Ventilation

Ventilation, on the other hand, refers to intentional openings above the chickens’ heads that circulate air both in and out of the coop, pulling the humidity generated by the chickens outside.

These openings can have screens over top or just be simple holes; they can have flaps made out of hardware cloth or even solid wood doors to snap shut on bitterly cold days and nights.

The key here is placing your ventilation so that it really circulates the air but will not negatively affect your chickens in terms of temperature.

When figuring out what the best methods are to manage your chickens’ environment, considering the region in which you live and your specific climate,  is a great step.

What Region Am I In For My Chickens?

As mentioned above, the climate in which you live is a huge factor in figuring out how best to raise your chickens.

While you may not live in the United States, you should still be able to get a general idea from the table below based on the descriptions:

Region Description Summer Advice Winter Advice
Northeast Bitterly cold in winter, humid in summer due to the moisture blowing in from the Atlantic Have fantastic ventilation; an entire wall that is just a screen may be a good idea here If you did have screens for the summer, have solid wood doors to shut in below-freezing temperatures. Still, make sure to have ventilation opening above the chicken’s heads to decrease ammonia and humidity. A deep layer of wood shavings is recommended here for the chickens to bed down in.
Northwest Rainy a lot of the time, with wet winters; however, the temperature range is not as extreme, with mild summers and winters. Ventilation is still needed, but not as much of a concern; be sure that the precipitation doesn’t have a way in, and check regularly for leaks. Solid wood doors are likely not needed here, but panels or hardware cloth at the very least is a good idea; depending on where specifically you are in the Northwest, this could change.
Midwest Very humid summers with colder winters than you might expect, particularly in states like Montana, North Dakota, and South Dakota Ample ventilation is necessary here due to the high humidity rates; refer to the above tips for decreasing humidity, such as fans, painting the coop to decrease wet wood, etc. Particularly in the more northern Midwestern states, solid wood doors are a good idea here, as well as potentially elevating your coop off the ground to prevent moisture from seeping in from underneath.
Southeast Humid to the point of sub-tropical with temperatures in the summer over 100 degrees; winters are milder, but still humid and wet. Similar to the Midwest, a lot of ventilation is needed here, especially if you’re in a swampy area. Consider elevating the coop to increase airflow around the structure as a whole. You will likely not need solid wood doors to cover screens unless in high elevations. Ventilate as always, make sure to have a deep layer of shavings, and clean up the chicken poop daily.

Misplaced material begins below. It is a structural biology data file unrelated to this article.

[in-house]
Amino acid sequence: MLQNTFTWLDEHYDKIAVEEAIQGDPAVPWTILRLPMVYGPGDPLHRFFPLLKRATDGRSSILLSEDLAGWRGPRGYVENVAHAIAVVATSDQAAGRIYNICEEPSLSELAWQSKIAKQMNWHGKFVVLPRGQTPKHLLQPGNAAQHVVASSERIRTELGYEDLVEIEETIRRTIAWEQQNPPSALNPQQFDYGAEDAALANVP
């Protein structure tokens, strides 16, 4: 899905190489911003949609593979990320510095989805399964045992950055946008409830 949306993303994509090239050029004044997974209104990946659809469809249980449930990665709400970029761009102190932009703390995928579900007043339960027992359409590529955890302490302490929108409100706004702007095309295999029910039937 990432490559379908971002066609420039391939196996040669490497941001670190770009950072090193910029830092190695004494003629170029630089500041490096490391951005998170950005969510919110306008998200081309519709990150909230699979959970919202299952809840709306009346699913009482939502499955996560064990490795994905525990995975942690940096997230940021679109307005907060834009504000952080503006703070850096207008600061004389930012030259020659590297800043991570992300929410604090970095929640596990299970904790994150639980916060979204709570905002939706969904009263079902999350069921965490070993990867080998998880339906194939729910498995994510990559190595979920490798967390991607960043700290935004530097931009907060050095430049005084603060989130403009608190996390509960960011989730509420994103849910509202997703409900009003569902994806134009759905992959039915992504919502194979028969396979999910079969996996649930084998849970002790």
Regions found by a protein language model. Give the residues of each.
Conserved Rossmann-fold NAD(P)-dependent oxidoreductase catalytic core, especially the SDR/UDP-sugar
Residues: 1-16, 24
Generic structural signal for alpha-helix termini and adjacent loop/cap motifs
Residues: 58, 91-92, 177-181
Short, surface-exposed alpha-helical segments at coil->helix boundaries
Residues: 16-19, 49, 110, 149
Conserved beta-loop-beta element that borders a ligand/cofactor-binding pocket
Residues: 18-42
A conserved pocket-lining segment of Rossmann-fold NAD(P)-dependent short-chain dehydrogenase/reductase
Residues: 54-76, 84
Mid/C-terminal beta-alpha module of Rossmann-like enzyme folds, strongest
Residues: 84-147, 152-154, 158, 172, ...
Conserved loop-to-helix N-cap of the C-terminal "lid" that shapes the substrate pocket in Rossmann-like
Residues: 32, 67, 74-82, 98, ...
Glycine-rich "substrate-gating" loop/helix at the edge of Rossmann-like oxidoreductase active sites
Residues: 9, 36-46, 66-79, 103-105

Southwest The climate here is a lot drier than the Southeast; this means that nights can be especially chilly, even during the summer. Winters are a lot milder, and overall the climate is the most consistent year-round. The case here may be to allow more humidity in, which does NOT mean letting the poop sit there. The chickens still need fresh air, but settling the coop on the ground may be a good option here to help soak up any moisture the ground can offer. Screens and hardware cloths are likely enough here, although flaps for the chilliest nights are not a bad idea. Prepare for precipitation, especially since the Southwest is known to have furious storms that are quick and brutal, which could cause your coop to spring several leaks at once if you haven’t been paying attention.

Obviously, there is still variation within these regions. The mountains of North Carolina will be different than the coast, just as upstate New York is different from Washington, D.C.

Use the table above as a template, not something to be applied to every single brood and coop situation.

All in all, the verdict on what’s needed to raise chickens without a heat lamp is pretty simple.

Chickens Need Consistency

Like most creatures – including humans – chickens like consistency on all counts: temperature, housing, humidity, food, water, etc.

While working without a heat lamp is admirable, it does make the job of raising your chickens a little more difficult.

The best way to maintain the constant temperature and humidity for your chickens for your specific climate–not just your region but your backyard–is for you to do some of your own trial and error.

This guide is by no means all-encompassing, and you will likely need to make tweaks along the way to best fit your climate and your chickens.

Above all, maintain the consistency!

April

April has owned and worked with domestic fowl including chickens, turkeys, geese, ducks, and guineas since 1998. She has a B.S. in Agriculture from Cal Poly in Pomona, CA where she studied genetics, nutrition and reproduction.